Rice Leaf Blast Confirmed in Mississippi

Bobby Golden, Agronomist, Delta REC, Mississippi State University
By Bobby Golden, Agronomist, Delta REC, Mississippi State University and Tom Allen, Extension Plant Pathologist July 23, 2014 16:36

Rice Leaf Blast Confirmed in Mississippi

Typical symptomology of rice leaf blast

Typical symptomology of rice leaf blast

Last week’s weather pattern in the Delta provided near perfect conditions for rice blast (Pyricularia grisea) to occur.  Rice blast is generally categorized by the plant part infected (e.g., leaf, neck, panicle).  Blast favors mild humid weather, frequent rainfall, and extended periods of leaf wetness.  On susceptible cultivars, yield loss can be great if blast proceeds to the neck during early heading.  In the fields were blast has been confirmed in the Delta, common to all were cultivation of a susceptible variety, lighter textured soil, and little to no floodwater.

Proper identification of blast is the first step in managing a field where the disease may occur.  Lesions first appear on the leaves and take on a diamond shaped appearance, often having a red coloration to the border with a central tan to off gray interior.  In some cases leaf lesions can appear elongated.  Rice is most susceptible to blast in the mid to maximum tillering growth phase, with blast most likely appearing first on field edges or elevated (high) spots where the flood has been lost or is very shallow.  Lesions are generally observed at growth stages that precede early boot.  Later planted rice has a greater risk for development of blast, than earlier plantings.

Disease reaction ratings for Mississippi rice cultivars

Disease reaction ratings for rice cultivars evaluated in Mississippi

Two types of resistance are available to the producer to help combat rice blast issues, with the first being selection of a cultivar with inbred resistance to blast.  Many varieties commonly grown in Mississippi are rated susceptible to the blast fungus (Table 1).  Varieties such as CL151 and Rex are rated very susceptible to blast and should be scouted early and often shortly after midseason.  The following figure represents the disease reaction ratings for varieties/hybrids tested in the 2013 rice on farm variety trials.

The second aspect of combating blast is through “field” resistance.  Field resistance basically applies best management practices to help decrease the chance of a blast event occurring under favorable conditions.  Best management practices from an agronomic standpoint to help decrease or reduce the occurrence of a blast infection include proper stand density, maintaining an adequate flood level in fields after rice reaches midseason, and utilizing a proper fertility program.  Excessive N application can compound blast by producing a thick dense canopy that sunlight cannot penetrate to remove leaf wetness.  Potash deficiency in rice can increase the susceptibility to blast. In general, nutritionally stressed plants may be more prone to incur a yield loss from blast. Research from bordering states suggest that increasing the flood depth to 4-6” helps suppress the disease once present and provides a major reduction in the overall severity.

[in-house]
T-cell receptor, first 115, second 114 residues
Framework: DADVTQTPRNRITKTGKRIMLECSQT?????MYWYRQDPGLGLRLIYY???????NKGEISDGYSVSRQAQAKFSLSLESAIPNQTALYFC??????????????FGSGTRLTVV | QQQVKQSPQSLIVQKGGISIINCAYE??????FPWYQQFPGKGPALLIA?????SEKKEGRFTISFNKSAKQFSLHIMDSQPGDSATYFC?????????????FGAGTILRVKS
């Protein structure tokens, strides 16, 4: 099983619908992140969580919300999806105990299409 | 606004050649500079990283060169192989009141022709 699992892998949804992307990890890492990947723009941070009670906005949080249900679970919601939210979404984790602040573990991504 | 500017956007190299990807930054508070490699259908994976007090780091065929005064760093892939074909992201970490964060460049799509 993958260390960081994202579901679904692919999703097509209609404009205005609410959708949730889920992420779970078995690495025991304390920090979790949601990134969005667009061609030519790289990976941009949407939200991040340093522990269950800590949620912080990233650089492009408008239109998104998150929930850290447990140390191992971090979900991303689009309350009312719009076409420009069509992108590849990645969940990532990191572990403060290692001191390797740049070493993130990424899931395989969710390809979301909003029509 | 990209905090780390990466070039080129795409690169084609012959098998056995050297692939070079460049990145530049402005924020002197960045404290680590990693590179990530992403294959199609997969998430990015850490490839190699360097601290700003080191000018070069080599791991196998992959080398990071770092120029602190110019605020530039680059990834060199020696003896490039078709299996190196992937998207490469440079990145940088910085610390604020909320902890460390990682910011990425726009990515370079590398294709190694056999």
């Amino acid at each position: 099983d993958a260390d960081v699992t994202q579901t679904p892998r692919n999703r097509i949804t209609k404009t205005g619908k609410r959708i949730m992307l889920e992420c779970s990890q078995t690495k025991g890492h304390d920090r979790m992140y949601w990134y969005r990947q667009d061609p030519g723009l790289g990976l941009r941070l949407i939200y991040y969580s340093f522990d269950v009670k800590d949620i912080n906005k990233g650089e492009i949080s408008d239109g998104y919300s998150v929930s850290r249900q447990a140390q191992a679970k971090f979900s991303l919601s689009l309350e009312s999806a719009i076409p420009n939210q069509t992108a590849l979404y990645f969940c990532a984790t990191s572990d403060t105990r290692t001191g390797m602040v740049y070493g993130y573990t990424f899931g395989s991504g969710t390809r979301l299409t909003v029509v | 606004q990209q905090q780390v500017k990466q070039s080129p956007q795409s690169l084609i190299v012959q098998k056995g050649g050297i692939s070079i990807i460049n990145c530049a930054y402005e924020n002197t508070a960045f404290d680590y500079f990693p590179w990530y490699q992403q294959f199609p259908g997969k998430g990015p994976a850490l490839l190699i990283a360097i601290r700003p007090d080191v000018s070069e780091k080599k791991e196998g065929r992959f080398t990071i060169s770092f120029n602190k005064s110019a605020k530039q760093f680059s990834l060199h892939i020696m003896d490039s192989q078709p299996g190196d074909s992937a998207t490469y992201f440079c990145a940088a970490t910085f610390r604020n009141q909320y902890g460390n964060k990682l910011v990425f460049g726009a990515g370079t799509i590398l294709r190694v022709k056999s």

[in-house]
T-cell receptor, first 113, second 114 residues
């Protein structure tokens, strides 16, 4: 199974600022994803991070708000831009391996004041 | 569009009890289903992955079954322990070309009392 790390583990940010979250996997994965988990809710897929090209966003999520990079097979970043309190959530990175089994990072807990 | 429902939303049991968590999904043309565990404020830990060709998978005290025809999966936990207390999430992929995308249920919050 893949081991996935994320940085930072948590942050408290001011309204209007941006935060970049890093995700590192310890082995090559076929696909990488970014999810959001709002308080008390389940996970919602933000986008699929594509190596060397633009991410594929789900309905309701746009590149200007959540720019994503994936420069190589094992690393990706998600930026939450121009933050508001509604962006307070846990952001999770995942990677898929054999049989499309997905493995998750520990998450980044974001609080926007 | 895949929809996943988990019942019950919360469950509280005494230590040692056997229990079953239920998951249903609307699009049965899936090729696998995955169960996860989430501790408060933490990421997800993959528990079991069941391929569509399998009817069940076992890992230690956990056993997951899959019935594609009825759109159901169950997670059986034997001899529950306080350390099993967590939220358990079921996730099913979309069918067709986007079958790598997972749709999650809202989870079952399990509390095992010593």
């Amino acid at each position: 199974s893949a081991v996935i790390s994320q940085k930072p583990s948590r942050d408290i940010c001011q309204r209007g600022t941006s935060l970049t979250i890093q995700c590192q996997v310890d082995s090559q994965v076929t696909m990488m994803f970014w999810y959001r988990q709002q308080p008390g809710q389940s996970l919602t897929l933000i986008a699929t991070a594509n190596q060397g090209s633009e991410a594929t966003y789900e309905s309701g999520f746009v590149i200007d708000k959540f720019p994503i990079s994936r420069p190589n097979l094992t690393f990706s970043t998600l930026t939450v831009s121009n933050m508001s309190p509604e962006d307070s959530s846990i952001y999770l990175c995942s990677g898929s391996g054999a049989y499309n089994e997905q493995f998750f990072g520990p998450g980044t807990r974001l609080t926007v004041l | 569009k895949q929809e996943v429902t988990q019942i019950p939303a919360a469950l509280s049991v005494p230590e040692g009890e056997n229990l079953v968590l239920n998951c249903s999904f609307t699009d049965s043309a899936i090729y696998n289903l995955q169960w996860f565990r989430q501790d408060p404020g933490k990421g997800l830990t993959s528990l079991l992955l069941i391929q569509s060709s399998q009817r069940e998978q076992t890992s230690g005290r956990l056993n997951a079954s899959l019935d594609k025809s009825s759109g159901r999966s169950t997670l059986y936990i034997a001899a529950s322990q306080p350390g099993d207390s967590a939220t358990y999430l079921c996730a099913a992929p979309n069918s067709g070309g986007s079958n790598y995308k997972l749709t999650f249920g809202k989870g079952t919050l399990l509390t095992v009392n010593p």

Rice Blast. Note the lack of floddwater

Rice Blast. Note the lack of floodwater

In general, fungicides are not applied to manage leaf blast unless the disease is killing the stand.  The best management alternative is to restore or deepen the flood to provide coverage of the soil.  In addition, it should be noted, that the sporulation from leaf blast lesions can also lead to infection of the panicle and result in neck blast.  Numerous fungicides are labeled for management of blast.  However, in fields of susceptible varieties where leaf blast has been observed a fungicide product that contains a preventive (strobilurin) and a curative (triazole) fungicide are likely the best management option.  Based on information obtained from researchers in Arkansas and Louisiana fungicides that contain trifloxystrobin (Gem and Stratego) have superior activity on blast compared to fungicides that contain azoxystrobin (Quadris, Quilt, Quilt Xcel).  But, fungicides that contain azoxystrobin do have good activity against blast.

 Effective rate of product when applied in combination.

          Effective product in combination
Applicationrate (fl oz/A)  Trade name  Active ingredient (% a.i.) FRAC Code Pounds of a.i./gal of product Rate of each active ingredient (fl oz/A) Single component product
14 Quilt azoxystrobin (7.0%)propiconazole (11.7%) 113 0.621.04 4.24.0 Quadris 2.08 FLTilt 3.6 EC
34.5 Quilt azoxystrobin (7.0%)propiconazole (11.7%) 113 0.621.04 10.310.0 Quadris 2.08 FLTilt 3.6 EC
14 Quilt Xcel azoxystrobin (13.5%)propiconazole (11.7%) 113 1.181.02 7.94.0 Quadris 2.08 FLTilt 3.6 EC
27 Quilt Xcel azoxystrobin (13.5%)propiconazole (11.7%) 113 1.181.02 15.37.7 Quadris 2.08 FLTilt 3.6 EC
16 Stratego 250 EC azoxystrobin (11.4%)propiconazole (11.4%) 113 1.041.04 4.04.6 Gem RCTilt 3.6 EC
19 Stratego 250 EC azoxystrobin (11.4%)tebuconazole (11.4%) 113 1.041.04 4.75.5 Gem RCTilt 3.6 EC

 

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Bobby Golden, Agronomist, Delta REC, Mississippi State University
By Bobby Golden, Agronomist, Delta REC, Mississippi State University and Tom Allen, Extension Plant Pathologist July 23, 2014 16:36
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